Police now treat church occupiers with caution

 

French police have learned a lot in the two years since illegal African immigrants began occupying French churches; so have the immigrants. Last night, the sans-papiers were to mark the second anniversary of the take-over of Saint-Ambroise Church in Paris with a lamp-lit procession.

Earlier in the day, 100 immigrants briefly occupied the Church of Saint Jean in Montmartre before riot police removed them. As they were herded into the police buses, the Africans shouted their unchanging slogan: "Papers for everyone".

Paris police have intervened three times in as many days to stop church occupations and a demonstration by illegal immigrants. French authorities are determined to prevent a repeat of the highly publicised 1996 occupation of Saint Bernard Church. After a six-week hunger strike, during which French intellectuals rallied to the Africans' cause, riot police horrified public opinion by breaking down the church door with an axe.

In June 1997, the new Socialist-led government invited illegal immigrants, estimated at 300,000 by the ministry of the interior, to apply for legal residence. French prefectures are supposed to assess all of the 150,000 applications they received by April 30th. By the end of February, 30,053 applications had been rejected, 32,344 accepted. Most of those turned down were single men without families in France, and it is these young men who resumed church occupations in the past two weeks.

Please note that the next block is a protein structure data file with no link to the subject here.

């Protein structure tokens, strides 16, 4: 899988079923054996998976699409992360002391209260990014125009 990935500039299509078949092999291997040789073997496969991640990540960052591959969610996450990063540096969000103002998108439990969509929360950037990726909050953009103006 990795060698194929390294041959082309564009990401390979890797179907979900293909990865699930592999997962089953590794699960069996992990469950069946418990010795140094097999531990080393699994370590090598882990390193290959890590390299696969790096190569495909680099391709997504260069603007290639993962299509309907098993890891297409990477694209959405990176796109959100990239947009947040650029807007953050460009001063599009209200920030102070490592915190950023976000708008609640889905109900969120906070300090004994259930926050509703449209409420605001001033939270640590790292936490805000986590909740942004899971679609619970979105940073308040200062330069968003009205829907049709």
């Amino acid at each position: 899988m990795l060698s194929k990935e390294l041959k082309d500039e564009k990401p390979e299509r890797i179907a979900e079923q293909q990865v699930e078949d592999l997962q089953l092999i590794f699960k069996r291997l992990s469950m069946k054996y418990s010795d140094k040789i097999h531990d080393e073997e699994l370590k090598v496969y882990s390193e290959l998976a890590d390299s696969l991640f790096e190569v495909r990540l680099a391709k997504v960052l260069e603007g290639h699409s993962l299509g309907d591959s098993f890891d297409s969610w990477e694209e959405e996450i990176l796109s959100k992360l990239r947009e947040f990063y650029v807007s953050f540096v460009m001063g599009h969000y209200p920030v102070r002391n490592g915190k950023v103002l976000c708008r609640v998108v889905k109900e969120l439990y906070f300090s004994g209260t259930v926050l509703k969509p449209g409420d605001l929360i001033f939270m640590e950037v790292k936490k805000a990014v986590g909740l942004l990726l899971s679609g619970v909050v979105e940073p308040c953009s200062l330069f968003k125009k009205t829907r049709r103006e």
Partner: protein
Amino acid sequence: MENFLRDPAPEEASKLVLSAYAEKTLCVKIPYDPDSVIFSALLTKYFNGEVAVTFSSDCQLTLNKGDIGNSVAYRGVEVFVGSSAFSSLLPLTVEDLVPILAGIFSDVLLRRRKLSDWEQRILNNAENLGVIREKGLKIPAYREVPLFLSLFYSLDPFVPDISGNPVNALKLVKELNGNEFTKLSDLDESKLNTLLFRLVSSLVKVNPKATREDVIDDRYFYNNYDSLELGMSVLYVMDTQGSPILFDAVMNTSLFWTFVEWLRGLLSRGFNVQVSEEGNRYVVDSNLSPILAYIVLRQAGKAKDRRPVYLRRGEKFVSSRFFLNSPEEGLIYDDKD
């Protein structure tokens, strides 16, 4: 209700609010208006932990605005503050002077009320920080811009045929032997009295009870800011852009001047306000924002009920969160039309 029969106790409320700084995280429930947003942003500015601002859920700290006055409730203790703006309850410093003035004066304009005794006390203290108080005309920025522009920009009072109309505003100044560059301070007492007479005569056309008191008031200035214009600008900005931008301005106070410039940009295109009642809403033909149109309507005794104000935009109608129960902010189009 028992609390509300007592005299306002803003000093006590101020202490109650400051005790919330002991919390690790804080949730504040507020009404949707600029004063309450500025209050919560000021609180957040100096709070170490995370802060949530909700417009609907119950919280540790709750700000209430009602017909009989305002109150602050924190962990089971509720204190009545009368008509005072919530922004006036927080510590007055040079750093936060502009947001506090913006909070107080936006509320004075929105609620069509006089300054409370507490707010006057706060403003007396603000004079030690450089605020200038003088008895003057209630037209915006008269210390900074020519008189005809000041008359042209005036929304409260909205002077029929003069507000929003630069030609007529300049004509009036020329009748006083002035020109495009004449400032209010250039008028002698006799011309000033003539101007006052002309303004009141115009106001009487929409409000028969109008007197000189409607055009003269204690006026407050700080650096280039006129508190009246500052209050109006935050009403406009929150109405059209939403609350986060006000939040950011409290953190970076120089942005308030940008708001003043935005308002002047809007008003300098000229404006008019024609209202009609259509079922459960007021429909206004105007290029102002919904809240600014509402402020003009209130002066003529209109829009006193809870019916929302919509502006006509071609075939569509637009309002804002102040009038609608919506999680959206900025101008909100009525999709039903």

Yet few of those turned down will be sent back to Africa; 12,000 was the highest number of people ever expelled from France in one year, and that was under the previous right-wing government. Most of the men who have been refused legal status will simply revert to living clandestinely.

Churches built after the 1905 law on the separation of Church and State are the property of the diocese, so the Africans have occupied two modern churches with the support of priests and parishes: Evry Cathedral near Paris, where 42 Africans have lived since March 7th, and Saint-Pierre du Havre, occupied by 20 men since March 14th. Because the two Paris churches which the immigrants tried to occupy belong to the city, the interior ministry was able to send riot troops to remove them.

Protestant and Catholic clergy have been among the most outspoken defenders of the immigrants. "Many of these foreigners are integrated in French society and have serious reasons for wanting to live here," the Bishop of Le Havre, Mgr Joseph Saudreau, said in their defence. "Others are threatened with death in their countries." The bishop asked the government to "re-examine the dramatic situation of the sans-papiers with the maximum of good will and fraternity."

Church officials admit they are not qualified to judge immigration cases, but say it would be against their Christian faith to turn away those in need.